October 31, 2017
The neglect – and disrespect – afforded a Camden cemetery where more than 100 African-American veterans are interred is something of a sad slice of local history.
Veterans of the Civil War, the Spanish-American War and WWI are buried there, but you’d never really know that driving along Federal Street between 38th and 39th streets.
That’s because most of the headstones were removed, apparently by the city in the 1970s, when the sad, neglected cemetery was converted into a sad, neglected city park.
Most of the headstones were added to a Delaware River breakwater on the Camden waterfront. The few remaining stones were laid flat on the ground – like stepping stones.
Why? The explanation is lacking.
Some Civil War vets' stones are engraved “U.S. Colored Troops,” featured in the movie "Glory" and the precursor to the better-known “Buffalo Soldiers,” legendary African-American cavalry units which served in the West following the Civil War.
Trash, leaves and weeds crowd over the stones, obscuring the names of the dead.
Over the years, stretching back to at least 1984, someone occasionally takes notice of the forgotten cemetery and there's a spruce-up. Grass gets trimmed. Markers get dusted off.
A few years later, the process repeats again.
The attention to Johnson Cemetery was most notable in 2012 when a documentary film titled “The Lonely Bones” was released by Kevin Walker, a New Jersey public defender.
But then, as before, the attention faded.
Two years ago, with a bit of pomp and ceremony, the remaining stones were rearranged into a graceful arc toward the back of the plot off Federal Street, near a fence and a cluster of apartments.
At the time, military service markers and small U.S. flags were placed, the parcel renamed Johnson Cemetery Memorial Park and Camden County began assisting with the maintenance.
UrbanPromise, a nearby charter school and outreach program, committed to an annual clean-up.
But after each clean-up, the cemetery inexorably returns to its unkempt state.
“Anywhere else, this would be a sacred site,” said Jim Cummings of UrbanPromise, who joined PhillyVoice at the site on a recent morning.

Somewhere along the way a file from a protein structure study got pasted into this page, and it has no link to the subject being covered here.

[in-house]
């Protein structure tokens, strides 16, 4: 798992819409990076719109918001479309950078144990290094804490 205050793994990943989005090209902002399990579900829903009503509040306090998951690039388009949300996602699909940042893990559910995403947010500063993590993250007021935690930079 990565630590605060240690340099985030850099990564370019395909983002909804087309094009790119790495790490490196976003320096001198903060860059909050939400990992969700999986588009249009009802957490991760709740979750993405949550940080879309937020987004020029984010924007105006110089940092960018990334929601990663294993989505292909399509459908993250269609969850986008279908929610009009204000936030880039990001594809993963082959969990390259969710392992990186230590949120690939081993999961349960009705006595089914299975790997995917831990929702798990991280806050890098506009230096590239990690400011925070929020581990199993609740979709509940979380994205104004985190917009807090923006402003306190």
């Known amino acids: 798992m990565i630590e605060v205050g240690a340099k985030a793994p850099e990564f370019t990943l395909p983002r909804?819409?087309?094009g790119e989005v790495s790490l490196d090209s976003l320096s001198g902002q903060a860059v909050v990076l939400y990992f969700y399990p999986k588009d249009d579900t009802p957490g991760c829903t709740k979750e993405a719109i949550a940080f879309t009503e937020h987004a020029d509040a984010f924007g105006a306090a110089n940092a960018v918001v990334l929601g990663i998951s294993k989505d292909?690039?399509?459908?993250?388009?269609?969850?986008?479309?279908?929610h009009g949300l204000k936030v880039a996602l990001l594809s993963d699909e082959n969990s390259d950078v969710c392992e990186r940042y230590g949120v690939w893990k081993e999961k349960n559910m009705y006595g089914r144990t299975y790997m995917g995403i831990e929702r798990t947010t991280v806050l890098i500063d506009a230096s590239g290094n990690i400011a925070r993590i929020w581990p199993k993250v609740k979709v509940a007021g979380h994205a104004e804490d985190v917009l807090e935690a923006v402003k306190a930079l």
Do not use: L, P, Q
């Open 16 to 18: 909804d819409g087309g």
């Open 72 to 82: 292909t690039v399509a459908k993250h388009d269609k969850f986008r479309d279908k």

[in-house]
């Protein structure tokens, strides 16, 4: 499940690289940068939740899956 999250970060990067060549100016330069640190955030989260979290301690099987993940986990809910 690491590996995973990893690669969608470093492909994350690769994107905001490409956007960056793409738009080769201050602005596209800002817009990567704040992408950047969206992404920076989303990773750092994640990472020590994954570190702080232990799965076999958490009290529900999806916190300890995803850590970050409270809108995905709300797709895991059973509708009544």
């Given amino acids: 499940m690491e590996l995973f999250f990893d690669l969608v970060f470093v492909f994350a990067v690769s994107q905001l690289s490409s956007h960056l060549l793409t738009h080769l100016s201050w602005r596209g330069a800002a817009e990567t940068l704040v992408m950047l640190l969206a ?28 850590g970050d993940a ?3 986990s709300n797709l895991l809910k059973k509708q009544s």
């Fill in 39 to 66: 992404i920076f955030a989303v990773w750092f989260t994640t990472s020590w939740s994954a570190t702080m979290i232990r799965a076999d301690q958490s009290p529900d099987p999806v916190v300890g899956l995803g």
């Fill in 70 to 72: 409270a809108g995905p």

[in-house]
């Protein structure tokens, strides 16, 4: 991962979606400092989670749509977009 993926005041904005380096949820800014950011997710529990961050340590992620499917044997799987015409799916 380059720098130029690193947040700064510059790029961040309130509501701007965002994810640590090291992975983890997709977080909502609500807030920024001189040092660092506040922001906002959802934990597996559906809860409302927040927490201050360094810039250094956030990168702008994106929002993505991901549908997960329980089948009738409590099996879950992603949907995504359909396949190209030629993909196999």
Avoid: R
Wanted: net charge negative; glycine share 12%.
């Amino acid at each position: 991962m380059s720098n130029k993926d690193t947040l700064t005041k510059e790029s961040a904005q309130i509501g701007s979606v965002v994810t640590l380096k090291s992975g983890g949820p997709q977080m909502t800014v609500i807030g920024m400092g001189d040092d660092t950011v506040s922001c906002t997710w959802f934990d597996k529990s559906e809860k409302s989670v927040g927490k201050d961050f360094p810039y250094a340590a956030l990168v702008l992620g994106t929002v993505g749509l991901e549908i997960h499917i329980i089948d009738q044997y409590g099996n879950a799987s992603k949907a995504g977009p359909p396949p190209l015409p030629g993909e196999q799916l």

MORE LOCAL HISTORY: M.L. King slept there. But did he make history?
A former Army captain, Cummings stooped over, clearing debris, straightening markers, taking photographs, shaking his head in disgust.
He credits the county for “improved conditions” and better signs, but thinks the small park is not always on the radar.
He looked across the park, away from the arrangement of fewer than 30 remaining memorials.
“There are other bodies here, but no markers,” he said, clenching his jaw.
Walker, the cemetery’s documentary maker, said in the film’s trailer, “Today, there is little dignity here. The cemetery is strewn with liquor bottles, debris and the detritus of the drug trade.”
He made that statement when the film was released five years ago. Conditions were similar on PhillyVoice’s recent visit with Cummings.
Walker recalled his own discovery of the park recently, "Here, in East Camden, under piles of debris, was some of the most hallowed ground in New Jersey. And almost nobody knew it."
He said he learned the burial ground for these American heroes was actually in an adjoining field, but the bodies of the veterans had never been disinterred. The headstones, many in a state of disrepair, he added, were moved to their present location "in the shadow of a shabby apartment complex" during the administration of Mayor Randy Primas, in an ill-considered attempt to create a commemorative park.
"Unfortunately, because the headstones were laid flat and embedded at the bottom of a small incline, every time it rained, they were covered by dirt and debris," Walker said. "As a result, the memory of these great patriots became as obliterated as the headstones."
And while the site has been adopted by the Urban Promise students, the contours of the site make maintaining the grounds an endless struggle, he said.
"Johnson Cemetery is a sacred place, one that serves to commemorate the rich history of Camden and its residents, but I fear its real significance will remain a mystery to far too many," said Walker.
For more on the history of the 1854 cemetery and those buried there, see Ancestry, here.
Also useful is lawyer Sam Asbell's book on black Camden County residents during the Civil War. The book is free and on the web here.